EXCERPT: Ted Kennedy's 'True Compass'

I felt joyous and exuberant through the inevitable exhaustion of the Democratic primary campaign, as I had felt in Wyoming and West Virginia in 1960 for Jack, and in Indiana and California in 1968 for Bobby. "No one said we couldn't have a little fun!" I shouted to a Latino crowd in San Antonio before belting out "Ay Jalisco No Te Rajes" in my version of Spanish. I had so much fun that I sang it again in Laredo. By mid-May, Obama had won the crucial North Carolina primary and had taken the lead in committed delegates. Some commentators were declaring the race already over. I certainly intended to keep on campaigning for him through the late spring and summer, but there was time to steal away for a few sails on Nantucket Sound.

On May 16 I took part in a ceremony at a favorite historic site of mine, the New Bedford Whaling National Historical Park, where I joined Massachusetts congressman Barney Frank and others to cut the ribbon at the Corson Maritime Learning Center. Barney and I had secured appropriations for repairs and other improvements to the building after it was damaged in a 1997 fire. I felt especially good that day, and threw away my prepared remarks to speak from my heart about my love for New Bedford, and the sea, and for the connection to our history that the park represented. Vicki told me afterward that Barbara Souliotis, our dear friend and the longtime chief of staff of my Boston office, who was sitting beside her, turned and whispered, "He's really on today!" I certainly felt "on." Change was in the air. And tomorrow, Vicki and I would enjoy our first sail of the year.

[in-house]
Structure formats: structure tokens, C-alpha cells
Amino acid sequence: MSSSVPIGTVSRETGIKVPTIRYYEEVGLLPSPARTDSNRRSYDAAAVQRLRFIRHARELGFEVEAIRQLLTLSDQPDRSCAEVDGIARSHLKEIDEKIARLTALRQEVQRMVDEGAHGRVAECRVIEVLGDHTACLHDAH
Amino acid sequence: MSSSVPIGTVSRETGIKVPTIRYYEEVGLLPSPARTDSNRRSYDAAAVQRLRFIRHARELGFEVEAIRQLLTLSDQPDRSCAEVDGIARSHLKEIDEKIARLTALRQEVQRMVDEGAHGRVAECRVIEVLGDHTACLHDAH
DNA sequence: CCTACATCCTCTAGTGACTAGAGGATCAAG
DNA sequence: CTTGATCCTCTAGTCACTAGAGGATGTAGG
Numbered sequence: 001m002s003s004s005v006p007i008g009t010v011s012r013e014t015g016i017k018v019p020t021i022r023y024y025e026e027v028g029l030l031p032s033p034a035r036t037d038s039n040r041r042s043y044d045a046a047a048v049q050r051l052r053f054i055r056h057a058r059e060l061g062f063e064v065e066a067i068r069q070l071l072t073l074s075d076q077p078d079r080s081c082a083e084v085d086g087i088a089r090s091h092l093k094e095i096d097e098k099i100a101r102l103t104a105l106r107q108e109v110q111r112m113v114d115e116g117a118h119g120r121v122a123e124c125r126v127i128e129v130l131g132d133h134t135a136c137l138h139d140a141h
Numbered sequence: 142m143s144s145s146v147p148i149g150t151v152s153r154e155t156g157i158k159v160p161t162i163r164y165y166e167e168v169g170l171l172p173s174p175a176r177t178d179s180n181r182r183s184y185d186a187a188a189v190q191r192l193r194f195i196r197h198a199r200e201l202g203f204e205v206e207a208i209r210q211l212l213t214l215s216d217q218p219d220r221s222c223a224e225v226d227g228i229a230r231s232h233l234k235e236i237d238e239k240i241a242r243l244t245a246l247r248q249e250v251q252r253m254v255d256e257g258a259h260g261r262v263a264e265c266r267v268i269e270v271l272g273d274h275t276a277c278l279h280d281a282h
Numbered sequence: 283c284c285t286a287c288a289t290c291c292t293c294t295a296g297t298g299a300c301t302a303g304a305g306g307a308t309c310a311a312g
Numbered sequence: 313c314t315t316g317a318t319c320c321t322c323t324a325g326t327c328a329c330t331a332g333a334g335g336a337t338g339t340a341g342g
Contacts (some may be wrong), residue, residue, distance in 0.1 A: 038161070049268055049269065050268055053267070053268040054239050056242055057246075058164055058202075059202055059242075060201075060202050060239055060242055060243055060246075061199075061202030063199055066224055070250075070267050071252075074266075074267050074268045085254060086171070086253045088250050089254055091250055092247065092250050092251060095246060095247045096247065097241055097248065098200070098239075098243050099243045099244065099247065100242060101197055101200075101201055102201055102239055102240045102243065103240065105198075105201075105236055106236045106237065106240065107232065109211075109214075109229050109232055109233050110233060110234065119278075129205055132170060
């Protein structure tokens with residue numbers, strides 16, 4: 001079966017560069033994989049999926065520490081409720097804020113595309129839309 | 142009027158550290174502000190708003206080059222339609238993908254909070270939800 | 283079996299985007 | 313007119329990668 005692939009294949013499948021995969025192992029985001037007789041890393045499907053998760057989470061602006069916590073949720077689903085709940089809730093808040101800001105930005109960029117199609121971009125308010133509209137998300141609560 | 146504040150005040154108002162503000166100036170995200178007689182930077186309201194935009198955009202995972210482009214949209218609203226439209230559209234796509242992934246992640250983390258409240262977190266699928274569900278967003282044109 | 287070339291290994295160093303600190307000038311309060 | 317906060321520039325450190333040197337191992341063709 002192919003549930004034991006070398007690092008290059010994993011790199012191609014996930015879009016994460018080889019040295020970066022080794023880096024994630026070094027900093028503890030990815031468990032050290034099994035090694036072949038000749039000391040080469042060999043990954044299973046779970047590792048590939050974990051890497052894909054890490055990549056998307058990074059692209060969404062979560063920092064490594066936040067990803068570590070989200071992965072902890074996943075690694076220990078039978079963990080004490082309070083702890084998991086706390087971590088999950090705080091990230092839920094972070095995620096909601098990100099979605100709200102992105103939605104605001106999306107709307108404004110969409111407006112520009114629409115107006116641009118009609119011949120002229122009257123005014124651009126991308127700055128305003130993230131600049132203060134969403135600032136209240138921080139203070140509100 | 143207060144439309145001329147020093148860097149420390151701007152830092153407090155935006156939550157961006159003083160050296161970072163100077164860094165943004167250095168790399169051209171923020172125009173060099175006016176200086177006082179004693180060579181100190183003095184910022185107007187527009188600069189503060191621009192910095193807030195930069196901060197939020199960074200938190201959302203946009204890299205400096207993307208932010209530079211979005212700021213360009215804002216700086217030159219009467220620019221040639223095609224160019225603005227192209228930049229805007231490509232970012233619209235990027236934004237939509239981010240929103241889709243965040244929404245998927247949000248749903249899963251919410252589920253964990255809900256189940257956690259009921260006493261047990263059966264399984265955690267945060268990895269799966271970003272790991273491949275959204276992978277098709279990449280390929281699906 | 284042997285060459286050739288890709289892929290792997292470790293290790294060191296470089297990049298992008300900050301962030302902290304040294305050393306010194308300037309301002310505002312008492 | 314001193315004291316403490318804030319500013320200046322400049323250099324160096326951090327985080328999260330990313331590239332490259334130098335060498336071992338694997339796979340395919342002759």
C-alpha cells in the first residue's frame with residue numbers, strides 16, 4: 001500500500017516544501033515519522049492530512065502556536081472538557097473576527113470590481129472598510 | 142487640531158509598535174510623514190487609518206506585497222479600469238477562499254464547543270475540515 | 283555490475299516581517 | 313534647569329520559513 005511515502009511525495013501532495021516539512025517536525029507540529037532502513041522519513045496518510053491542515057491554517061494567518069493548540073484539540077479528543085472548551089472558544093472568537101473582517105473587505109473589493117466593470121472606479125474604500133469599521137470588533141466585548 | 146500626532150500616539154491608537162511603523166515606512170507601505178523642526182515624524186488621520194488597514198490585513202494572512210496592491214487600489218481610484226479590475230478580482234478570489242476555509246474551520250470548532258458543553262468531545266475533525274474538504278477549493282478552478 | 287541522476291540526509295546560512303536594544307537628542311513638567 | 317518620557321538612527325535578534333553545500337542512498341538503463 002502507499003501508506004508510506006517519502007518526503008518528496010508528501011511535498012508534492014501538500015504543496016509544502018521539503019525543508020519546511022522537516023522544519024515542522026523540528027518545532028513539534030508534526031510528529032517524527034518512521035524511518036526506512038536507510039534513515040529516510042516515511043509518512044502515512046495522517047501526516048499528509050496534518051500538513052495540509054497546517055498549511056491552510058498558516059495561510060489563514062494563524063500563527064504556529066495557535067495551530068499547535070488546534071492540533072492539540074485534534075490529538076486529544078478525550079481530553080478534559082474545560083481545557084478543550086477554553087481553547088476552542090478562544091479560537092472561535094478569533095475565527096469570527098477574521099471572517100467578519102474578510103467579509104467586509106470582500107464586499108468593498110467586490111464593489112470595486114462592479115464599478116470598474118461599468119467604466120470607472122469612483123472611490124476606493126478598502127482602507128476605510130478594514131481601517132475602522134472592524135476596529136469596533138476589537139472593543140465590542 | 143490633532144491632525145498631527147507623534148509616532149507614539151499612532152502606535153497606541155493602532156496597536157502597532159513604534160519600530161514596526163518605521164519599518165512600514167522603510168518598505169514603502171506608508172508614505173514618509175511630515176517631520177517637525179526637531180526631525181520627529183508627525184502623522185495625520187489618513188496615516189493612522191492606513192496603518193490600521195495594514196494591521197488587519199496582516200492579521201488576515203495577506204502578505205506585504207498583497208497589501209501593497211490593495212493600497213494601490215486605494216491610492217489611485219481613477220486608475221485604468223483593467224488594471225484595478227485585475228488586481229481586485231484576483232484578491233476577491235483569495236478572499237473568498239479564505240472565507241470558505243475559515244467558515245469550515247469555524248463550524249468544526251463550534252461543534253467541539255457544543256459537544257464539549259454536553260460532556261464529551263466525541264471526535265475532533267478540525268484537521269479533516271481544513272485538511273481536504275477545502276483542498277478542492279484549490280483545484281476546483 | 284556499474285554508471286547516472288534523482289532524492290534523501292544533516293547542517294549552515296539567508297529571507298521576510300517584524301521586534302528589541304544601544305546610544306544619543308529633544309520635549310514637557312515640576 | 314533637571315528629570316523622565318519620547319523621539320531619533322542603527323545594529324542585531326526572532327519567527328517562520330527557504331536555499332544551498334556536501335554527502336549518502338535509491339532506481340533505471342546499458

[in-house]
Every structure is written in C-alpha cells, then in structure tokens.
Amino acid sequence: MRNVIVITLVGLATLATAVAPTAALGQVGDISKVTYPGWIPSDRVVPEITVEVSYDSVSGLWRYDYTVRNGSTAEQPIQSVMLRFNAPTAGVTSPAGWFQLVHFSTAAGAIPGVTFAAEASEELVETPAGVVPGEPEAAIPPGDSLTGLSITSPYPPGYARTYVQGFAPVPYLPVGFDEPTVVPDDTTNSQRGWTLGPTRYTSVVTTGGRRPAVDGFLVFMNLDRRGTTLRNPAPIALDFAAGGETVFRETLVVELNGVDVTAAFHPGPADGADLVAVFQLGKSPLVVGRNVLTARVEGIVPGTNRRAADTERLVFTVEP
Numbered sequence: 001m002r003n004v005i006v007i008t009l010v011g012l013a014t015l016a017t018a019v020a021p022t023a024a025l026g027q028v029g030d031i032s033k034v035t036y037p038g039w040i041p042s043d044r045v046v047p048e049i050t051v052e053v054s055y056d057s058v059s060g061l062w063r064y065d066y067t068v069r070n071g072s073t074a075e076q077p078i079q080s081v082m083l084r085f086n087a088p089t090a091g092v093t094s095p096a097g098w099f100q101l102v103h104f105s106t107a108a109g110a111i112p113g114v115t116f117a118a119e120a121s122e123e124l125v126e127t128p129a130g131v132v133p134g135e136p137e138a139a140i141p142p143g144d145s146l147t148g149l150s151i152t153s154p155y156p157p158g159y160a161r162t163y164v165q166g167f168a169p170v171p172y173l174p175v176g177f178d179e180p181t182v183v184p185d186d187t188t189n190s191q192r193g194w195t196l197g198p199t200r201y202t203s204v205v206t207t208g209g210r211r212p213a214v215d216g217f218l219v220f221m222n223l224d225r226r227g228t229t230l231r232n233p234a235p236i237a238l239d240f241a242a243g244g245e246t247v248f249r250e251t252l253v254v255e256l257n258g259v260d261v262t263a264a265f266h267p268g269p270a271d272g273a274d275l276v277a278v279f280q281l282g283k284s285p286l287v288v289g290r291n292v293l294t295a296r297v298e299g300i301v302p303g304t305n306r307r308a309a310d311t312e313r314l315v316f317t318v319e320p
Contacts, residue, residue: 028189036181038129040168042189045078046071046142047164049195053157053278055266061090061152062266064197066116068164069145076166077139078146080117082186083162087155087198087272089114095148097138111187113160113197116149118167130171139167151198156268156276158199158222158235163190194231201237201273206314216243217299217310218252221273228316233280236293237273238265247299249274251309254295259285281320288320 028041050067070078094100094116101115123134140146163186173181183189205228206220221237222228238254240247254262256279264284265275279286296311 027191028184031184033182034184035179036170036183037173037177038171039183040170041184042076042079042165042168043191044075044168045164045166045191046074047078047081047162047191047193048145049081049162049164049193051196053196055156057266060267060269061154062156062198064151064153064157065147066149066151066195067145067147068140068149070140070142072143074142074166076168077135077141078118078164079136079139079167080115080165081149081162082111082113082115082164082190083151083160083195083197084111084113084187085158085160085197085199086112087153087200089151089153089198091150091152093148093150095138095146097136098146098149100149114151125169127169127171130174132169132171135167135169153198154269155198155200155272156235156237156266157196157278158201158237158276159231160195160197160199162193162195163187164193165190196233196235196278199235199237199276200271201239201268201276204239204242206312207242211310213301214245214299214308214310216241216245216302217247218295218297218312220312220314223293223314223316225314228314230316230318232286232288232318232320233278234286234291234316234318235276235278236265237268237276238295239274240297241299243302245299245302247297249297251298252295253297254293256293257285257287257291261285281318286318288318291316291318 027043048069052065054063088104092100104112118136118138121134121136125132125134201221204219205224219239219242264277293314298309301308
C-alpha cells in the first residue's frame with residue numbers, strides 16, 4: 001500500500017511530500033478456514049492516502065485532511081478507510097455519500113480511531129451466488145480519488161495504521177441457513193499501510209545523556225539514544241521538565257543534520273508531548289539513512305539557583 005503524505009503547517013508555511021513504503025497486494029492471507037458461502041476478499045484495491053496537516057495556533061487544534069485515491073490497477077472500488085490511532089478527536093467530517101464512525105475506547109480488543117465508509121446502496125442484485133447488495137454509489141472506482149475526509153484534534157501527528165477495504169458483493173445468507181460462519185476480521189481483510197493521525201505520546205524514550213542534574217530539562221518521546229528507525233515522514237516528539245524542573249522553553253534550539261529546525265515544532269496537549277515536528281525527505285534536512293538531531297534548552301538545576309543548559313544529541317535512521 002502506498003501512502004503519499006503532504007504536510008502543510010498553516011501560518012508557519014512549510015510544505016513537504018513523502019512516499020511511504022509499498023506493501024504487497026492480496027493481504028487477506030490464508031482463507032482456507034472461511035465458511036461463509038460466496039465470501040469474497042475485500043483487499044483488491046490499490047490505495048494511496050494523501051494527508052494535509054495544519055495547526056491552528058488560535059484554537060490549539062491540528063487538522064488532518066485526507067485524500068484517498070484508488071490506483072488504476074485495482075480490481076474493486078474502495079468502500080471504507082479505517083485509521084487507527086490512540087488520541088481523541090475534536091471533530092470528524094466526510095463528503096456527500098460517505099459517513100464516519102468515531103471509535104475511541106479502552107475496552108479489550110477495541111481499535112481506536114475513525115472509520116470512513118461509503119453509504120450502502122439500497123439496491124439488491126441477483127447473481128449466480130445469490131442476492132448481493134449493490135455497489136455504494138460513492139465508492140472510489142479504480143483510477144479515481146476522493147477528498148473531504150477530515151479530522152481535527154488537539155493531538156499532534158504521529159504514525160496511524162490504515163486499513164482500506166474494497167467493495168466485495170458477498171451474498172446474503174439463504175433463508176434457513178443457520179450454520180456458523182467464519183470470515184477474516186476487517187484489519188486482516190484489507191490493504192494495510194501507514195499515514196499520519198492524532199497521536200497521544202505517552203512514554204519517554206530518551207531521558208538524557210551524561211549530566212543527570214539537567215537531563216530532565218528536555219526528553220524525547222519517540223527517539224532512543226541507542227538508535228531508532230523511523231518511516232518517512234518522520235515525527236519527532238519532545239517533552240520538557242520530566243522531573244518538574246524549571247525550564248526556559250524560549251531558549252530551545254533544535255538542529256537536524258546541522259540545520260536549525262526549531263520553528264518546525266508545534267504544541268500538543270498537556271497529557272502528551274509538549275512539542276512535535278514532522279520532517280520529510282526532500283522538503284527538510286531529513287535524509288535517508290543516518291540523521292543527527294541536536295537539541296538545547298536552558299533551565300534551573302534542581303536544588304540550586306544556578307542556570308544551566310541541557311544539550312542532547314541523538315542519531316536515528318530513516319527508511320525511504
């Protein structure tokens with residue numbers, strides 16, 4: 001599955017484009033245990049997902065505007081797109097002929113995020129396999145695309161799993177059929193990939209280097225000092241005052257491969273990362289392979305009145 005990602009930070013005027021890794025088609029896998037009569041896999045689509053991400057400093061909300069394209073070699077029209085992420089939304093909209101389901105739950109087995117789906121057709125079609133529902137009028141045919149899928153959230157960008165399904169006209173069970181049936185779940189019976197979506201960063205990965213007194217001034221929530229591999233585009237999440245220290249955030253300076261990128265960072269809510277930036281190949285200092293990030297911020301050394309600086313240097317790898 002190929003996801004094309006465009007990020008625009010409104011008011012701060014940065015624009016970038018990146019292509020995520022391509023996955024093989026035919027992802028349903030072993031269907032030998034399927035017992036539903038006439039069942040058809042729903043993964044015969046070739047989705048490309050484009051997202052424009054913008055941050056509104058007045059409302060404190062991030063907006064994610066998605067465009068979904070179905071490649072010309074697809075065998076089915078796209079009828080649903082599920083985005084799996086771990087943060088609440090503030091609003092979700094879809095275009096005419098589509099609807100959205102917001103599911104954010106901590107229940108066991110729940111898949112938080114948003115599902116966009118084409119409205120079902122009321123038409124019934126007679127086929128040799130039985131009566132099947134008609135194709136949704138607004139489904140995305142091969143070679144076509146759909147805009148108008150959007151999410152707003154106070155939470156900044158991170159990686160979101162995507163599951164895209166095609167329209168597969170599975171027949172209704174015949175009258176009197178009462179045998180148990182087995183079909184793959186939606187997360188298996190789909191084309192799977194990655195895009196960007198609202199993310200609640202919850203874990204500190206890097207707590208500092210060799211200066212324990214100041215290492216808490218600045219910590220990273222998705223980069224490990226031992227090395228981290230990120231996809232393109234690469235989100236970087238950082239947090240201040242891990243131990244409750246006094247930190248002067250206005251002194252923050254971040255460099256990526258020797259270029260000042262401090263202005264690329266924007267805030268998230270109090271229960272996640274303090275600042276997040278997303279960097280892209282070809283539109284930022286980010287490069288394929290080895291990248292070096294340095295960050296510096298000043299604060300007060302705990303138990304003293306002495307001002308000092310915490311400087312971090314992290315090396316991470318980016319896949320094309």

But that next morning, everything changed.

I had just meandered through the living room and had come within two steps of the grand piano that my mother, Rose, used to play for the family more than half a century ago as we gathered for dinner. Sometimes Jack, young and thin in his customary rumpled pullover, would stand at about the spot where I passed just then, and sing a solo to Mother's accompaniment.

Suddenly I felt disoriented. I moved toward the door leading to the porch, where several spacious chairs face the lovely prospect that I've known since childhood: a view to Nantucket Sound and the several masted boats at anchor in the nearby harbor. "Well," I told myself, "I'll just go outside and get some fresh air."

I didn't make it outside. Everything seemed hazy. I walked past the front door and into the dining room, where I lowered myself into a chair. That's the last thing I remember until I awoke in the hospital.

I learned later that I'd been discovered almost at once by Judy Campbell, our household assistant. Judy called out for Vicki, who was still in the sunroom, waiting for me to return. When Vicki saw me, she ran to my side and instructed Judy to call 911, and then my physician in Boston, Dr. Larry Ronan. As she waited for the local rescue team to arrive, Vicki wedged herself into the chair beside me and cradled my head. I was not aware of it then, but she held me tenderly, kissing my cheek and patting me and whispering, "You're going to be okay."

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